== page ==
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Billionaire brothers Charles and David Koch joined the Tea Party movement. They didn’t create it.
(Page 3 of 3)
The second thing special about the donation, she said, is that a gift so large usually carries with it the expectation that the donor’s name be permanently attached to the facility. Instead, “David volunteered to make his gift a 50-year gift,” explained Farley. “He knew that in 50 years it would need renovations again, which is just the nature of facilities like these, so he specified that after 50 years his name be taken down so that another donor could come forth and get the naming. Otherwise, it’s more difficult to raise the money because people like to have the building named for themselves.”
Another Koch favorite, since at least 1982, has been the Metropolitan Museum of Art—to similar good effect, rising to the tune of some $5 million annually in recent years.
“He’s keenly interested, keenly aware, and extraordinarily generous,” said Emily Rafferty, president of the Met. “Part of a museum’s mission is to preserve works of art. They have to be taken care of like anything else. We take care of paintings, objects, textiles, library books, all sorts of things….In particular, as you know, he is interested in science and he’s been active as a donor to our conservation area—in particular to our textile conservation center. He serves, also, on our trustees’ building committee and as you know he is an engineer by training. He’s very interested in the infrastructure of our 21 buildings, all the engineering components, and he’s very helpful.”
On and on the major philanthropic record goes: to his high school, Deerfield Academy; to New York Presbyterian Hospital; to the American Museum of Natural History; to the Smithsonian Institution National Museum of Natural History, and others. Older brother Charles Koch’s donations are just as extensive, many of them to educational institutions. All told, these philanthropic activities far exceed their gifts—substantial as they are—to political, or quasi-political, causes of a libertarian bent.
Yet it’s true, and thank goodness for it, that the Kochs are highly significant and effective boosters of the free market cause. Heck, as I was writing this story, I came across third-party claims that the Kochs even give some money to The American Spectator Foundation, which through The American Spectator magazine provides me with a decidedly small portion of my income. I don’t know how much, if any, their alleged fraction of my fraction amounts to, and I don’t want to know. Nobody even came close to telling me what to write when I embarked on this story.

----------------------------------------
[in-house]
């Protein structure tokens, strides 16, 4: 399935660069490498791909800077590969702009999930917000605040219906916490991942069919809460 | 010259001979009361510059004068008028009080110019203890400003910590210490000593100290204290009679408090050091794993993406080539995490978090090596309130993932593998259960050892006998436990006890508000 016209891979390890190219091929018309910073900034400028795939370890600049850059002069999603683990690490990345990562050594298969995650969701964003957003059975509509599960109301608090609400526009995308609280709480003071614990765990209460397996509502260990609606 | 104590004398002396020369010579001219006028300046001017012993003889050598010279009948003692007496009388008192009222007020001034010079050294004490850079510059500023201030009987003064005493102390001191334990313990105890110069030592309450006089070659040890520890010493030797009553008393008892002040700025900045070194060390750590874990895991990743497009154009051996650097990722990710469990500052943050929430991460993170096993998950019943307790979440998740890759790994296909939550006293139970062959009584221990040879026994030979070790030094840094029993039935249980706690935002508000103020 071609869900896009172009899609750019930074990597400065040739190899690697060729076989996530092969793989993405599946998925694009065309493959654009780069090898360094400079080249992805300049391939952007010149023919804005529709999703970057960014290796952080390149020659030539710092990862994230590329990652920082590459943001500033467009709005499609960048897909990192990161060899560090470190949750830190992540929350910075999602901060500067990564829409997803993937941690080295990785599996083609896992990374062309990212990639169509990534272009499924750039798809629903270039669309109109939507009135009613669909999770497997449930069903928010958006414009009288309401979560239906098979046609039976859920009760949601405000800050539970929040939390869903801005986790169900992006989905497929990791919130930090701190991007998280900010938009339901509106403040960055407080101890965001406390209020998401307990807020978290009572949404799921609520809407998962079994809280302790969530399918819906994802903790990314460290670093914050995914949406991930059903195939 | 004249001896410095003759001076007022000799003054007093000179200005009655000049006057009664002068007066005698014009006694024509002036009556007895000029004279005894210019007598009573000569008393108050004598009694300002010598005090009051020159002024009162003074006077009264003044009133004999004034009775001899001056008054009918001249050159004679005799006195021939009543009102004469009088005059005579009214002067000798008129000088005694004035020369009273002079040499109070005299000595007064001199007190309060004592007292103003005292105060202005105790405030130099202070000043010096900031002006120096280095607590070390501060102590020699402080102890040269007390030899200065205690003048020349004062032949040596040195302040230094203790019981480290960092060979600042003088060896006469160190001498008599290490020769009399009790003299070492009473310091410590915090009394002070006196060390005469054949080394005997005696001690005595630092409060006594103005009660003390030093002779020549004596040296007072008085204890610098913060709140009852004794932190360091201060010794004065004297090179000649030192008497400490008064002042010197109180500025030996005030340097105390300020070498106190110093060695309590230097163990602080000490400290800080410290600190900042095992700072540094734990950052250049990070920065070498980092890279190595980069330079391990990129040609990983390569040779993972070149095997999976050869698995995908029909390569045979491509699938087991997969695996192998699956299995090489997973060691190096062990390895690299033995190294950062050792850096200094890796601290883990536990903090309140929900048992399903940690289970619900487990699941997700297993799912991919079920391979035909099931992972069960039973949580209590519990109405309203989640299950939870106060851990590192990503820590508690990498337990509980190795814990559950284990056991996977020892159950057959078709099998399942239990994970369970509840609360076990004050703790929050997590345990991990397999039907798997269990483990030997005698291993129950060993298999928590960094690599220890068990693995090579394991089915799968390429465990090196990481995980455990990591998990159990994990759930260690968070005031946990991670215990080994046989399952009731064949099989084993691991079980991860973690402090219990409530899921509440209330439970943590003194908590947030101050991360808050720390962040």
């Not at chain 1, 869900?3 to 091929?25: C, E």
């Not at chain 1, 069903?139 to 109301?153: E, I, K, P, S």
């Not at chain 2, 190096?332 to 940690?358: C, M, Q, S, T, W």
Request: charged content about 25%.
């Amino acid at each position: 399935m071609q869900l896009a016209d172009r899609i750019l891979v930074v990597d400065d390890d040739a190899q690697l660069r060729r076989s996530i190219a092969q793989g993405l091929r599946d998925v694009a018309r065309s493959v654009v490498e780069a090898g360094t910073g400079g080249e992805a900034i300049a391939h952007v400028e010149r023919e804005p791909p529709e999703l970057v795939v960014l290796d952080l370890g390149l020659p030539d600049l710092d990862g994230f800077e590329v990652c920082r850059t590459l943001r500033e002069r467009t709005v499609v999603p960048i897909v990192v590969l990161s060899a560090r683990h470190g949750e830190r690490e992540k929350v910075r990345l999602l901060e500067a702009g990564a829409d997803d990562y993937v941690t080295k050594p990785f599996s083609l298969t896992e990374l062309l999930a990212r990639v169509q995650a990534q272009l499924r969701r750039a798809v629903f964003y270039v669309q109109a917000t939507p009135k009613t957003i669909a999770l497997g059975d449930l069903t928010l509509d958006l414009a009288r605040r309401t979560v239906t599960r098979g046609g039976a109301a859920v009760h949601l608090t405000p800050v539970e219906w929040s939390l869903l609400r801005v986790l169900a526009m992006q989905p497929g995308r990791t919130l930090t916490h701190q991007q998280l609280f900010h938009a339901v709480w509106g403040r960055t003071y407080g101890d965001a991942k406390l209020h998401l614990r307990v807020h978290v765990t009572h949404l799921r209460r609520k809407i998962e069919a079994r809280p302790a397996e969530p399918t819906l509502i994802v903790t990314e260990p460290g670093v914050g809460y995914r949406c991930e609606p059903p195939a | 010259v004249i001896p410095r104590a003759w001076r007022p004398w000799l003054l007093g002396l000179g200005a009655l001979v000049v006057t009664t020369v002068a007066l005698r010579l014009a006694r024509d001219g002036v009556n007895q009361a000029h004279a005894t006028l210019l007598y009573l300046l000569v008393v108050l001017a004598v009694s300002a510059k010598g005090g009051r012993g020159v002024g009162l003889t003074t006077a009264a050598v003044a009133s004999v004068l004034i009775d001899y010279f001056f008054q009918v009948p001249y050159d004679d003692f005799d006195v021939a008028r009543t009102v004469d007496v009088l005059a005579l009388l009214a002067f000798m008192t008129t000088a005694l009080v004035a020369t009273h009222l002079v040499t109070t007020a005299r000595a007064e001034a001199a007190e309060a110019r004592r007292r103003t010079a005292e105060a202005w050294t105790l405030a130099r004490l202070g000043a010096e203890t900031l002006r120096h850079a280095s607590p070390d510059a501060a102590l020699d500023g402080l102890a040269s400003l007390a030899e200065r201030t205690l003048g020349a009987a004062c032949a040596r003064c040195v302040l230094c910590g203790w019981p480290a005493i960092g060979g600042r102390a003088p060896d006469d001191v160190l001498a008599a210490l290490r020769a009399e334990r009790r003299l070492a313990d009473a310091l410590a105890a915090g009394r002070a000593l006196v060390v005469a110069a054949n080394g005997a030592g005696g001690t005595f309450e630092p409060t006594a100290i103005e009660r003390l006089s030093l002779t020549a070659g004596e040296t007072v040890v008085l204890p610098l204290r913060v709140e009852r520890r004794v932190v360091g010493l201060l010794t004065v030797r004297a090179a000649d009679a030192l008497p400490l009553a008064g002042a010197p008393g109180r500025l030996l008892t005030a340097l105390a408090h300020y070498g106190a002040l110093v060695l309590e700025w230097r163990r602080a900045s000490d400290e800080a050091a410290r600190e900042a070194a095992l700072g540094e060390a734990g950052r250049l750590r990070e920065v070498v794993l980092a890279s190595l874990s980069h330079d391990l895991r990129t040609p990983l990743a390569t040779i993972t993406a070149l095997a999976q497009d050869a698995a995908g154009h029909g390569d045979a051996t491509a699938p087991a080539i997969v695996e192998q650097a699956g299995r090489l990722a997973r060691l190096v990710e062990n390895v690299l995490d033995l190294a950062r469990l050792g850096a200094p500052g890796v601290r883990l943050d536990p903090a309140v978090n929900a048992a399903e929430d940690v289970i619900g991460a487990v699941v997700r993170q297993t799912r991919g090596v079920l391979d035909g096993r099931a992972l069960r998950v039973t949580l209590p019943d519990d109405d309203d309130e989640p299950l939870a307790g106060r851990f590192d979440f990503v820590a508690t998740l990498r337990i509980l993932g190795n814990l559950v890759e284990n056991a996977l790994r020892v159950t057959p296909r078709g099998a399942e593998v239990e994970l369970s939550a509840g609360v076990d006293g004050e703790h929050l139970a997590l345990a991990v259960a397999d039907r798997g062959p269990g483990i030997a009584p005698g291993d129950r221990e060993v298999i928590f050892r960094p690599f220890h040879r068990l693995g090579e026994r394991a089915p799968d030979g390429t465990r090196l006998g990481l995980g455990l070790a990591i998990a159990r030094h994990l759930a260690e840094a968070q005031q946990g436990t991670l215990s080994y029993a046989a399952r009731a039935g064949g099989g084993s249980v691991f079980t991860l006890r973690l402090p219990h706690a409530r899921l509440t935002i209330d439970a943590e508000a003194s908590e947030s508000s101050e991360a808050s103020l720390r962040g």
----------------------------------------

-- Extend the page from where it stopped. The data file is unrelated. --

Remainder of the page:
MAYBE that’s the point. I’ll gladly tell the Left that I’ve been a member of the Vast Right-Wing Conspiracy since 1979. But I was aware of the Koch brothers only in the vaguest sense until a conversation with a then-colleague at the Washington Examiner in 2008. If the Kochs’ contributions are large and effective, their touch is light—and it aims not toward centralized control, but toward freedom.
As Charles Koch noted in a March 1 column in the Wall Street Journal, “Recent studies show that the poorest 10 percent of the population living in countries with the greatest economic freedom have 10 times the per capita income of the poorest citizens in countries with the least economic freedom. In other words, society as a whole benefits from greater economic freedom.”
For the Kochs, then, the political giving is part and parcel of the philanthropic impulse. Via e-mail, David Koch explained his thinking to me, after weeks of my pleading through his aides for a comment:
“Liberty and the free enterprise system create prosperity, and that’s why we’ve advocated for these principles all our lives.”
Methinks Thomas Jefferson himself would dance to celebrate that.
Disclosure: The Charles G. Koch Foundation made a small contribution to The American Spectator Foundation in 2010.
A man of faith in a godless age is hitting Americans where it hurts.
Mr. and Mrs. American Spectator Reader, let P.J. O’Rourke talk sense to your kids.
In Britain, defending your property can get you life.
It won’t take long for conservatives to scratch this presidential wannabe off their 2008 scorecard.
Was the President done in by the economy, or by the politics of the economy?